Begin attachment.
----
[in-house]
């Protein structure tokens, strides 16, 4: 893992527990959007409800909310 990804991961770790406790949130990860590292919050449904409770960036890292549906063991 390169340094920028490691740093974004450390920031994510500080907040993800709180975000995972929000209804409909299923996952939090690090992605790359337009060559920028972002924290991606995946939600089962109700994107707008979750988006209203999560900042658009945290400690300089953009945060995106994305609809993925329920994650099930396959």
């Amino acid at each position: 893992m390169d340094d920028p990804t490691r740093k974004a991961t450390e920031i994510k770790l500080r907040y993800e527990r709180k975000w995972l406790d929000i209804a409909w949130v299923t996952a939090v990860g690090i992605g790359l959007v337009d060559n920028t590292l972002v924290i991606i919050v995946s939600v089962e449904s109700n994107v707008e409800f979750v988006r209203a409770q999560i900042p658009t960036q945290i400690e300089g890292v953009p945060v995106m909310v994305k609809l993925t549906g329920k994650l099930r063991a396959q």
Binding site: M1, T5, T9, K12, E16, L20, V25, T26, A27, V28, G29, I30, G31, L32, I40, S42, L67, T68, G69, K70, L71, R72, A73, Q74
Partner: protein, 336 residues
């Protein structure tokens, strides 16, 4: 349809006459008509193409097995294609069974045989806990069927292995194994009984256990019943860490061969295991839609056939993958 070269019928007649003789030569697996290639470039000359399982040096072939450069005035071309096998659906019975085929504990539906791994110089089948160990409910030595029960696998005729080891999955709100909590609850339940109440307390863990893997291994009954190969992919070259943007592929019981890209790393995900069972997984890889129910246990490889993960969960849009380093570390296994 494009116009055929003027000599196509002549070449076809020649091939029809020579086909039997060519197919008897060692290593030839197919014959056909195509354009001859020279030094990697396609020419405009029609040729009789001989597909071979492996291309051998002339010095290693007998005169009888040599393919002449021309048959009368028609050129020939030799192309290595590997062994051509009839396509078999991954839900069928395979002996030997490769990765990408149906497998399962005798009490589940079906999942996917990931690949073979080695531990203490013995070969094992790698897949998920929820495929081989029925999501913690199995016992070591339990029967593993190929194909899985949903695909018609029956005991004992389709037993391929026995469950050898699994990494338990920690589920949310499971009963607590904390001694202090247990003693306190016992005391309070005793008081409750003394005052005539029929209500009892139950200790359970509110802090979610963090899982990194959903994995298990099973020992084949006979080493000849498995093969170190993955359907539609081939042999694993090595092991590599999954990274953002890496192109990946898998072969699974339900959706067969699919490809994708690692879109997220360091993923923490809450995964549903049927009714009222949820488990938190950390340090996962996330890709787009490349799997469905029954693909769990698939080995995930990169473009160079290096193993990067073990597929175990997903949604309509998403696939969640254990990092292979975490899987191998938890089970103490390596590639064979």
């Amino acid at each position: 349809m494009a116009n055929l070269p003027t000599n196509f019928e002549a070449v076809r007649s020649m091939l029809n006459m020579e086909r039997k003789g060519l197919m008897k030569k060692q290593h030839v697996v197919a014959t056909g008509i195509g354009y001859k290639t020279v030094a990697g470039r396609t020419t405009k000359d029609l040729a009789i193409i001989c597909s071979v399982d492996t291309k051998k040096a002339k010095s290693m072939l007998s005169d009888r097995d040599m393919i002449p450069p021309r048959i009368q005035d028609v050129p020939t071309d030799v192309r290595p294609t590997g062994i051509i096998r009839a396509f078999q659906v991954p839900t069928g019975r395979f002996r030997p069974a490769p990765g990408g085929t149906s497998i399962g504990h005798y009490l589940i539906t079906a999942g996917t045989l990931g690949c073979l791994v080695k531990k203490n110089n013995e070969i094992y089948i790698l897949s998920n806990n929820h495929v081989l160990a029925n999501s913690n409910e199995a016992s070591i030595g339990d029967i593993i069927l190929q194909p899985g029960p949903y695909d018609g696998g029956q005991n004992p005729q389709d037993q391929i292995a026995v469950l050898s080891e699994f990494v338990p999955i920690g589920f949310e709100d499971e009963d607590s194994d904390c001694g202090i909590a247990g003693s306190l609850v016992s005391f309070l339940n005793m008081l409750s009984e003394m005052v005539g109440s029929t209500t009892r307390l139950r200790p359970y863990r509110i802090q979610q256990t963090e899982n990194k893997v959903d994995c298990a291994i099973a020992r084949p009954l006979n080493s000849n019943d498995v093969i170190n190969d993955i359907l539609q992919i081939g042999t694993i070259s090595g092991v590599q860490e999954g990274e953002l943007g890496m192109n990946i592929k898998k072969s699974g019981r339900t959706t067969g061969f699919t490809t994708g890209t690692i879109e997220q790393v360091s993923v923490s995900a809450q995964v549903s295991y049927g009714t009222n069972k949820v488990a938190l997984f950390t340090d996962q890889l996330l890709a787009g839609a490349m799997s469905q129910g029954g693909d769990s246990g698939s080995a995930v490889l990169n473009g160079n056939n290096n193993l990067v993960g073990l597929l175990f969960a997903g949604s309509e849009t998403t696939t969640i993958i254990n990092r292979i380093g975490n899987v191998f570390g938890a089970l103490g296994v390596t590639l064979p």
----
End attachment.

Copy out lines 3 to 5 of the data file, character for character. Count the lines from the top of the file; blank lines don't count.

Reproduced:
């Amino acid at each position: 893992m390169d340094d920028p990804t490691r740093k974004a991961t450390e920031i994510k770790l500080r907040y993800e527990r709180k975000w995972l406790d929000i209804a409909w949130v299923t996952a939090v990860g690090i992605g790359l959007v337009d060559n920028t590292l972002v924290i991606i919050v995946s939600v089962e449904s109700n994107v707008e409800f979750v988006r209203a409770q999560i900042p658009t960036q945290i400690e300089g890292v953009p945060v995106m909310v994305k609809l993925t549906g329920k994650l099930r063991a396959q």
Binding site: M1, T5, T9, K12, E16, L20, V25, T26, A27, V28, G29, I30, G31, L32, I40, S42, L67, T68, G69, K70, L71, R72, A73, Q74
Partner: protein, 336 residues